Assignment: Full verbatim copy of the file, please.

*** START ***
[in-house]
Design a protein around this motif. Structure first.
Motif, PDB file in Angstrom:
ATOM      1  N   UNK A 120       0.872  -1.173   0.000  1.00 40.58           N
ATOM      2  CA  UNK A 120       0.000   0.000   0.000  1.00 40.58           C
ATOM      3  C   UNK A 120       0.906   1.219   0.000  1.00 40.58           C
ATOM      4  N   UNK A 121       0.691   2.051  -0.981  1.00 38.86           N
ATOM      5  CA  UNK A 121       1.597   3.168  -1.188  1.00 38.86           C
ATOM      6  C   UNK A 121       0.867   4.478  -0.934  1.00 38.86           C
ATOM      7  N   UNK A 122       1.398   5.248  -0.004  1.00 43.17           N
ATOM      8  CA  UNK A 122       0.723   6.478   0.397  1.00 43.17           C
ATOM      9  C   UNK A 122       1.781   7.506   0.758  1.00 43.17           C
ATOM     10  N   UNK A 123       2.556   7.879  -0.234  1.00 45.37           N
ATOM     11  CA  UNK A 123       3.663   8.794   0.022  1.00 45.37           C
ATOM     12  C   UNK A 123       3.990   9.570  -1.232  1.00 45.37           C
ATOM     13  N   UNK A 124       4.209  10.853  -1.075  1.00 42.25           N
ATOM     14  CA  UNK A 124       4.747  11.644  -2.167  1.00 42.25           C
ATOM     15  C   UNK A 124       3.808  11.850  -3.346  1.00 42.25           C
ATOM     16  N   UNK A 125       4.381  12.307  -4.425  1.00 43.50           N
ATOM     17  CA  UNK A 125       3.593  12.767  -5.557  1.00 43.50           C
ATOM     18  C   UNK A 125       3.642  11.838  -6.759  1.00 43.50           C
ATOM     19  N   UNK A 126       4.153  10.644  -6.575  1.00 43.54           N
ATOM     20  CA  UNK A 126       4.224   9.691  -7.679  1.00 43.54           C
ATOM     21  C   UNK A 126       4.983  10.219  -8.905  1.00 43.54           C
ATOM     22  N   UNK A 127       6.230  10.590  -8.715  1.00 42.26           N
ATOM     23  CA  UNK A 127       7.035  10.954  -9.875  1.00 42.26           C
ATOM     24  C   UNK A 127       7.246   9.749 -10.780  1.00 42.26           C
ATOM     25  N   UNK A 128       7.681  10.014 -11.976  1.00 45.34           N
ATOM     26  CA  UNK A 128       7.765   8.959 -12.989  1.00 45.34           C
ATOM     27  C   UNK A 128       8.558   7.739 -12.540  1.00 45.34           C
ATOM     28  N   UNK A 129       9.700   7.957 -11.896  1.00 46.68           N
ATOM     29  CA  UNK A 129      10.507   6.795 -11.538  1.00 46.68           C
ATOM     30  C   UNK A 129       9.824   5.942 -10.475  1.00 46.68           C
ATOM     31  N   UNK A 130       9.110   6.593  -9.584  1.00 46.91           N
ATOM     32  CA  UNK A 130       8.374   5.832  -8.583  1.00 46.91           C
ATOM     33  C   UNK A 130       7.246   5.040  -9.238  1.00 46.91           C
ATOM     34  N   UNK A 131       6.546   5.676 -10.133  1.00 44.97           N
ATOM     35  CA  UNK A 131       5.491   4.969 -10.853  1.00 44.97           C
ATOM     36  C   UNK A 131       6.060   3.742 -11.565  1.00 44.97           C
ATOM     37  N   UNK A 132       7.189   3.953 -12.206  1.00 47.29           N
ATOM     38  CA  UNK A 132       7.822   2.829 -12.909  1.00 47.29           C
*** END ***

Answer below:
[in-house]
Design a protein around this motif. Structure first.
Motif, PDB file in Angstrom:
ATOM      1  N   UNK A 120       0.872  -1.173   0.000  1.00 40.58           N
ATOM      2  CA  UNK A 120       0.000   0.000   0.000  1.00 40.58           C
ATOM      3  C   UNK A 120       0.906   1.219   0.000  1.00 40.58           C
ATOM      4  N   UNK A 121       0.691   2.051  -0.981  1.00 38.86           N
ATOM      5  CA  UNK A 121       1.597   3.168  -1.188  1.00 38.86           C
ATOM      6  C   UNK A 121       0.867   4.478  -0.934  1.00 38.86           C
ATOM      7  N   UNK A 122       1.398   5.248  -0.004  1.00 43.17           N
ATOM      8  CA  UNK A 122       0.723   6.478   0.397  1.00 43.17           C
ATOM      9  C   UNK A 122       1.781   7.506   0.758  1.00 43.17           C
ATOM     10  N   UNK A 123       2.556   7.879  -0.234  1.00 45.37           N
ATOM     11  CA  UNK A 123       3.663   8.794   0.022  1.00 45.37           C
ATOM     12  C   UNK A 123       3.990   9.570  -1.232  1.00 45.37           C
ATOM     13  N   UNK A 124       4.209  10.853  -1.075  1.00 42.25           N
ATOM     14  CA  UNK A 124       4.747  11.644  -2.167  1.00 42.25           C
ATOM     15  C   UNK A 124       3.808  11.850  -3.346  1.00 42.25           C
ATOM     16  N   UNK A 125       4.381  12.307  -4.425  1.00 43.50           N
ATOM     17  CA  UNK A 125       3.593  12.767  -5.557  1.00 43.50           C
ATOM     18  C   UNK A 125       3.642  11.838  -6.759  1.00 43.50           C
ATOM     19  N   UNK A 126       4.153  10.644  -6.575  1.00 43.54           N
ATOM     20  CA  UNK A 126       4.224   9.691  -7.679  1.00 43.54           C
ATOM     21  C   UNK A 126       4.983  10.219  -8.905  1.00 43.54           C
ATOM     22  N   UNK A 127       6.230  10.590  -8.715  1.00 42.26           N
ATOM     23  CA  UNK A 127       7.035  10.954  -9.875  1.00 42.26           C
ATOM     24  C   UNK A 127       7.246   9.749 -10.780  1.00 42.26           C
ATOM     25  N   UNK A 128       7.681  10.014 -11.976  1.00 45.34           N
ATOM     26  CA  UNK A 128       7.765   8.959 -12.989  1.00 45.34           C
ATOM     27  C   UNK A 128       8.558   7.739 -12.540  1.00 45.34           C
ATOM     28  N   UNK A 129       9.700   7.957 -11.896  1.00 46.68           N
ATOM     29  CA  UNK A 129      10.507   6.795 -11.538  1.00 46.68           C
ATOM     30  C   UNK A 129       9.824   5.942 -10.475  1.00 46.68           C
ATOM     31  N   UNK A 130       9.110   6.593  -9.584  1.00 46.91           N
ATOM     32  CA  UNK A 130       8.374   5.832  -8.583  1.00 46.91           C
ATOM     33  C   UNK A 130       7.246   5.040  -9.238  1.00 46.91           C
ATOM     34  N   UNK A 131       6.546   5.676 -10.133  1.00 44.97           N
ATOM     35  CA  UNK A 131       5.491   4.969 -10.853  1.00 44.97           C
ATOM     36  C   UNK A 131       6.060   3.742 -11.565  1.00 44.97           C
ATOM     37  N   UNK A 132       7.189   3.953 -12.206  1.00 47.29           N
ATOM     38  CA  UNK A 132       7.822   2.829 -12.909  1.00 47.29           C